Urgently needed drugs developed under Operation Warp Speed are at the mercy of officials working at “bureaucrat speed.”

I rarely like the titles that editors choose for my op/eds and articles. But this title that my Hoover editor chose is way better than mine.

Here are the first three paragraphs of “Vaccines’ Last Hurdle: Central Planners,” Defining Ideas, December 4, 2020:

First, the good news. We now appear to have at least two viable vaccines with high efficacy in preventing the awful disease known as COVID-19. On November 9, Pfizer/BioNTech announced that the efficacy of its vaccine exceeds 90 percent. On November 16, Moderna announced that its vaccine’s efficacy exceeds 94.5 percent. Take that, Pfizer! Seriously, though, both announcements are great news. Let’s put those percentages in perspective. I get a flu vaccine every year without fail. Is that because the vaccine is 90 percent effective? No. At best, it’s 60 percent effective, and its effectiveness is often well below 50 percent.

There’s even more good news. Even when the vaccines don’t prevent COVID-19, they make it substantially less severe. For example, in a study of thirty thousand volunteers for the Moderna test, of the eleven cases in people who got the vaccine, no case was severe, versus thirty severe cases for people who received the placebo. It’s risky to generalize from a sample size of thirty thousand, but still, the numbers are extremely encouraging. There’s also good news for us elderly. I was talking with a healthy seventy-seven-year-old woman at pickleball last week who was delighted that she, as an elderly person, would be one of the first to get it. I just turned seventy and my wife is seventy-one, and so presumably we will be on the priority list.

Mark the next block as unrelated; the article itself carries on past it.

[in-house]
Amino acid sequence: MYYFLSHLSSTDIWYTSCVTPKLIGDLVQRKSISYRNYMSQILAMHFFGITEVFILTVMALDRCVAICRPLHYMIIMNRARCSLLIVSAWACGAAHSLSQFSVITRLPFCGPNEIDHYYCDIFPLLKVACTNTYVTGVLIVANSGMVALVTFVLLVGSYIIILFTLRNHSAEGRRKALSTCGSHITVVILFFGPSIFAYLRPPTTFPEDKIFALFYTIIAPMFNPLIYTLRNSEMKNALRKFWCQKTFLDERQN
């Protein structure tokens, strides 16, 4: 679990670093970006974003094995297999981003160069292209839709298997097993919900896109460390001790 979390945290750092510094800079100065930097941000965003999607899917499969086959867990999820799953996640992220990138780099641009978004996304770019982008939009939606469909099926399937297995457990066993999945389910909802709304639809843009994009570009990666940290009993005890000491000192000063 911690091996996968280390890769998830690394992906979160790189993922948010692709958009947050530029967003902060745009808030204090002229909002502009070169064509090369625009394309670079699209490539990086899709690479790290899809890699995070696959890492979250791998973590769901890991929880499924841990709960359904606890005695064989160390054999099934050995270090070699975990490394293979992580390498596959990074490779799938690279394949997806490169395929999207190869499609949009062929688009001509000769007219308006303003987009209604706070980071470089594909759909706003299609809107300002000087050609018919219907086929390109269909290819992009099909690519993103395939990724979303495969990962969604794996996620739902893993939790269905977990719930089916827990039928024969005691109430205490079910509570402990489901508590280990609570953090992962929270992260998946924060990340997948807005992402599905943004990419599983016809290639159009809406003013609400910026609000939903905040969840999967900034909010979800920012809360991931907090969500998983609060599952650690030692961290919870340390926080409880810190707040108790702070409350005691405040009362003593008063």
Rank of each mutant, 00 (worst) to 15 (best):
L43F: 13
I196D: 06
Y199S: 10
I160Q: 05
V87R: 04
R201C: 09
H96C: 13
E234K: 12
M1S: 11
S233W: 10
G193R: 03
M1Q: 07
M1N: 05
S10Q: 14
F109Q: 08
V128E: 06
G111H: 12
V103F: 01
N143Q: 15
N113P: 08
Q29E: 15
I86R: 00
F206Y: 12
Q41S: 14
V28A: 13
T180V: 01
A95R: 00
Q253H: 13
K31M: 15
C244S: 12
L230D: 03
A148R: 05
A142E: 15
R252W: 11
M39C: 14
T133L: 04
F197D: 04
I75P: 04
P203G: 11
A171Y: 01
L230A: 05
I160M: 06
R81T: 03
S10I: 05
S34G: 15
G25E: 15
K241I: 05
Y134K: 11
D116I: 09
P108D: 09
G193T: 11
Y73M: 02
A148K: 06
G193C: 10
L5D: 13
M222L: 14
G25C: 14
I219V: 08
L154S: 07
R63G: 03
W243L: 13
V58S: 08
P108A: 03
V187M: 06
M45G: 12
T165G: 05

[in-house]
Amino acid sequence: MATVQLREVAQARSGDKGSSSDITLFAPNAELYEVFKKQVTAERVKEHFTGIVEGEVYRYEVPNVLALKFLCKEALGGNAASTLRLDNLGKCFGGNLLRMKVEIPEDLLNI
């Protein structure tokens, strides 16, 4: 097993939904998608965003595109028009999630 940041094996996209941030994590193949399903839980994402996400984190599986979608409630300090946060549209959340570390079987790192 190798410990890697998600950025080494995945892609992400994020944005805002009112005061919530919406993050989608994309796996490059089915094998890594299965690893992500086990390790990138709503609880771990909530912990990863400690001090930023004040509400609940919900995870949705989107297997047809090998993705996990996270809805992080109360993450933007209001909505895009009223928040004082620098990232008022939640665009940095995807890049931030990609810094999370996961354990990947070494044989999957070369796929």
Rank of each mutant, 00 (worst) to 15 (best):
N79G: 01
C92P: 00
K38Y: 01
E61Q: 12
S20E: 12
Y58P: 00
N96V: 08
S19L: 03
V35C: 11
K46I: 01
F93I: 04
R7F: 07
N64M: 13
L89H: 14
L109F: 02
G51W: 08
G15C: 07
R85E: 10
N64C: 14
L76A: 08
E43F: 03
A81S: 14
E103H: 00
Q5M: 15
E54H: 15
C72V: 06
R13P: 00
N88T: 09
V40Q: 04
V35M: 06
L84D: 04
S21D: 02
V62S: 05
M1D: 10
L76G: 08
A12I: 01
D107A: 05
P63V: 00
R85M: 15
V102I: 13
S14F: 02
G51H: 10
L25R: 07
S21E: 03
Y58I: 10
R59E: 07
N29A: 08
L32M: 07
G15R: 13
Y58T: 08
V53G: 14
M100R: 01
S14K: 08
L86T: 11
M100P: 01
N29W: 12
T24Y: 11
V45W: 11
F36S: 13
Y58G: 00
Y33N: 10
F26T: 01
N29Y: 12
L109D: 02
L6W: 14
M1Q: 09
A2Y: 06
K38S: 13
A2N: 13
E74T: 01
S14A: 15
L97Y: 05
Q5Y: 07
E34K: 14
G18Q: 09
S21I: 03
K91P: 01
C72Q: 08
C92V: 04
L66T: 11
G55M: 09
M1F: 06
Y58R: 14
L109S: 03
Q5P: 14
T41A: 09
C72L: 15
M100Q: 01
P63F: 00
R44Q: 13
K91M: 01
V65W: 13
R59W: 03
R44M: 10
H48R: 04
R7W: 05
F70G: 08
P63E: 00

But the bad news for people who live in California is that California’s state government will slow things down. This might happen in New York and in some other states also. Let’s start by focusing on California, the state I know best. California’s government will slow things down in two ways: one is intentional and the other is unintentional.

Read the whole thing.